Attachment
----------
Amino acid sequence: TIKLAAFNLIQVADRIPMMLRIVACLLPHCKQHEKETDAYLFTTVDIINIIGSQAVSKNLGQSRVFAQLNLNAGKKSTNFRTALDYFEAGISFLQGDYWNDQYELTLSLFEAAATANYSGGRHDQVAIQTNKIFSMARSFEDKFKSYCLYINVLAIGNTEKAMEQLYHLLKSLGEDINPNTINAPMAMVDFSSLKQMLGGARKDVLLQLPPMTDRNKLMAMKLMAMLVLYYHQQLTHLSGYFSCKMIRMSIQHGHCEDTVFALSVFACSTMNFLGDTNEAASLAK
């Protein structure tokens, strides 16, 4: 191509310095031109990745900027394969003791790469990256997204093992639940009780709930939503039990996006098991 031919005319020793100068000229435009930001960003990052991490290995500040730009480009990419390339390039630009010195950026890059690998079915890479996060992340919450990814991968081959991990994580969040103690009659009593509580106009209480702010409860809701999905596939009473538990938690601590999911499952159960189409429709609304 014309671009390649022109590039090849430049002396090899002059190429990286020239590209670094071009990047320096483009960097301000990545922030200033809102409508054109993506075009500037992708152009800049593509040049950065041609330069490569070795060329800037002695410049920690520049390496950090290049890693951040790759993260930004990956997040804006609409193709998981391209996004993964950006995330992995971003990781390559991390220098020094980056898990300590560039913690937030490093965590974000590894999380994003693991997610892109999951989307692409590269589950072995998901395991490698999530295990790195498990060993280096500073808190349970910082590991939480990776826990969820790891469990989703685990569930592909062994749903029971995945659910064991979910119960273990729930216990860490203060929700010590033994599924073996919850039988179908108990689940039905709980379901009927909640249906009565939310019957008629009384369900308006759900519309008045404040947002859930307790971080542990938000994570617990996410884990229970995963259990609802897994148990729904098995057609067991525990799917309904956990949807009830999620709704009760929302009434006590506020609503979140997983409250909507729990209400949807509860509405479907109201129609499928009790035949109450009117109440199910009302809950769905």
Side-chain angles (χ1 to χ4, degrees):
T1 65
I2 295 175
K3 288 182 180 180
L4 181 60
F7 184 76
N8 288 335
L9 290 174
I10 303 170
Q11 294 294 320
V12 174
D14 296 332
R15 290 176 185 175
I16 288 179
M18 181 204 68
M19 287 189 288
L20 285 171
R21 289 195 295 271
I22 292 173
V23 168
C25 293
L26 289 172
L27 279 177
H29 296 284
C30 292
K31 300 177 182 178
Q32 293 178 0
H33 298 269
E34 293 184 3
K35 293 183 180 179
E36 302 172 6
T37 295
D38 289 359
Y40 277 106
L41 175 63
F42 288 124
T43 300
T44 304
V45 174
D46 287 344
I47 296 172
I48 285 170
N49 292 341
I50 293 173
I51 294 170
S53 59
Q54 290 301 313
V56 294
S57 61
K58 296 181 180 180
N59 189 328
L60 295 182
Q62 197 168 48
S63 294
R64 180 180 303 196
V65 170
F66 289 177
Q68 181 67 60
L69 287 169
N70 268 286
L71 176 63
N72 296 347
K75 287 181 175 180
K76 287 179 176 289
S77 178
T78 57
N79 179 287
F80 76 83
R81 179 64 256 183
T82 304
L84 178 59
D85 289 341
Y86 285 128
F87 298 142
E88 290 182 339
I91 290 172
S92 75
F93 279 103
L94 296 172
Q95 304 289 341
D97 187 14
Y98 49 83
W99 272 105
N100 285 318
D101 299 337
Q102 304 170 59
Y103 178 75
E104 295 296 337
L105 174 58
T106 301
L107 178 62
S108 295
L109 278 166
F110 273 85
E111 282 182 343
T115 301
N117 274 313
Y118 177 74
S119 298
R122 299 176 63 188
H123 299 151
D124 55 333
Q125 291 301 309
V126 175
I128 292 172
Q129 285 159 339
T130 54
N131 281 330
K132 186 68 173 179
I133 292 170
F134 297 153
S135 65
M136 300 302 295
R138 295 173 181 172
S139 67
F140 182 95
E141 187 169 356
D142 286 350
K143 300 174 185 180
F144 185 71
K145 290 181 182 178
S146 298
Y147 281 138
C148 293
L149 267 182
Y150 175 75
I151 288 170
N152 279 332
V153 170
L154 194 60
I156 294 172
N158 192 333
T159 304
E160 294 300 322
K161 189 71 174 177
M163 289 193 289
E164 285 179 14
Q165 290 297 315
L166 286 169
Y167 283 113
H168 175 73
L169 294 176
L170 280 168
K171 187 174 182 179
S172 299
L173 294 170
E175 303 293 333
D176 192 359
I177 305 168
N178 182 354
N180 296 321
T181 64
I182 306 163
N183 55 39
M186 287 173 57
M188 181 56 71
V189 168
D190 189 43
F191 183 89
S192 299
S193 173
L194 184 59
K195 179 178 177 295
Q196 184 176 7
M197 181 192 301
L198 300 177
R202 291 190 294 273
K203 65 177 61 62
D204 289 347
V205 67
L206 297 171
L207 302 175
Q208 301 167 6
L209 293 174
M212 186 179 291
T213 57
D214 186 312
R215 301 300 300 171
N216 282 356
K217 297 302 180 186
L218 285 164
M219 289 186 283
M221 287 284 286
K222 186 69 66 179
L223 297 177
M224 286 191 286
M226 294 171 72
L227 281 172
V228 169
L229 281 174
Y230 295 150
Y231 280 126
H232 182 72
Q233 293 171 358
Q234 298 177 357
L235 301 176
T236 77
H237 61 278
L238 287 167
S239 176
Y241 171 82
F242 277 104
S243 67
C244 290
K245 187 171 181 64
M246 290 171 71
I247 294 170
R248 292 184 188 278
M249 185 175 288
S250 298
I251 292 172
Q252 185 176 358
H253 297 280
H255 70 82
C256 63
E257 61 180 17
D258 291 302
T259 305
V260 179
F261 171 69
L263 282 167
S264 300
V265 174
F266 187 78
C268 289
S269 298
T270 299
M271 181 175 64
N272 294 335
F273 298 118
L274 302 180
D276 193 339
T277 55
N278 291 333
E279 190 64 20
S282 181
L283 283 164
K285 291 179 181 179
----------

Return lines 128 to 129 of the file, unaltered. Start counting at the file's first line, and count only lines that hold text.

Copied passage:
Y150 175 75
I151 288 170